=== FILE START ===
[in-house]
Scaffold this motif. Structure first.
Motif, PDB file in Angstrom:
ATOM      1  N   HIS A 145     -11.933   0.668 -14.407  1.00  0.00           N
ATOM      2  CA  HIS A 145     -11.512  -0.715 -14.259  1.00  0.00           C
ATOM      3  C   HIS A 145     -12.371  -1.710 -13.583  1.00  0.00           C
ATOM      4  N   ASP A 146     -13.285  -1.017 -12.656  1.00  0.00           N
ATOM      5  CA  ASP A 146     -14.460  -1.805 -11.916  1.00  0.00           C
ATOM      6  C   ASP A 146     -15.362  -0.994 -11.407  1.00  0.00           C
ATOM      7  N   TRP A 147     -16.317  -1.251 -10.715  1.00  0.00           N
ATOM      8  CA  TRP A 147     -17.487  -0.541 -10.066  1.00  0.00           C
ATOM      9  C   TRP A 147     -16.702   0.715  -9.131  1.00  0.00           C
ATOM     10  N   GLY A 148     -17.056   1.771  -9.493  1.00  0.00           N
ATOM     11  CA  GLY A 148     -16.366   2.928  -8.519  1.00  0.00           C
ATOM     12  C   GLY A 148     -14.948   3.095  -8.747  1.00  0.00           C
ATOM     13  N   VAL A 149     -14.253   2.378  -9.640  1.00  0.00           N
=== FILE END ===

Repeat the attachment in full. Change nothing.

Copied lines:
[in-house]
Scaffold this motif. Structure first.
Motif, PDB file in Angstrom:
ATOM      1  N   HIS A 145     -11.933   0.668 -14.407  1.00  0.00           N
ATOM      2  CA  HIS A 145     -11.512  -0.715 -14.259  1.00  0.00           C
ATOM      3  C   HIS A 145     -12.371  -1.710 -13.583  1.00  0.00           C
ATOM      4  N   ASP A 146     -13.285  -1.017 -12.656  1.00  0.00           N
ATOM      5  CA  ASP A 146     -14.460  -1.805 -11.916  1.00  0.00           C
ATOM      6  C   ASP A 146     -15.362  -0.994 -11.407  1.00  0.00           C
ATOM      7  N   TRP A 147     -16.317  -1.251 -10.715  1.00  0.00           N
ATOM      8  CA  TRP A 147     -17.487  -0.541 -10.066  1.00  0.00           C
ATOM      9  C   TRP A 147     -16.702   0.715  -9.131  1.00  0.00           C
ATOM     10  N   GLY A 148     -17.056   1.771  -9.493  1.00  0.00           N
ATOM     11  CA  GLY A 148     -16.366   2.928  -8.519  1.00  0.00           C
ATOM     12  C   GLY A 148     -14.948   3.095  -8.747  1.00  0.00           C
ATOM     13  N   VAL A 149     -14.253   2.378  -9.640  1.00  0.00           N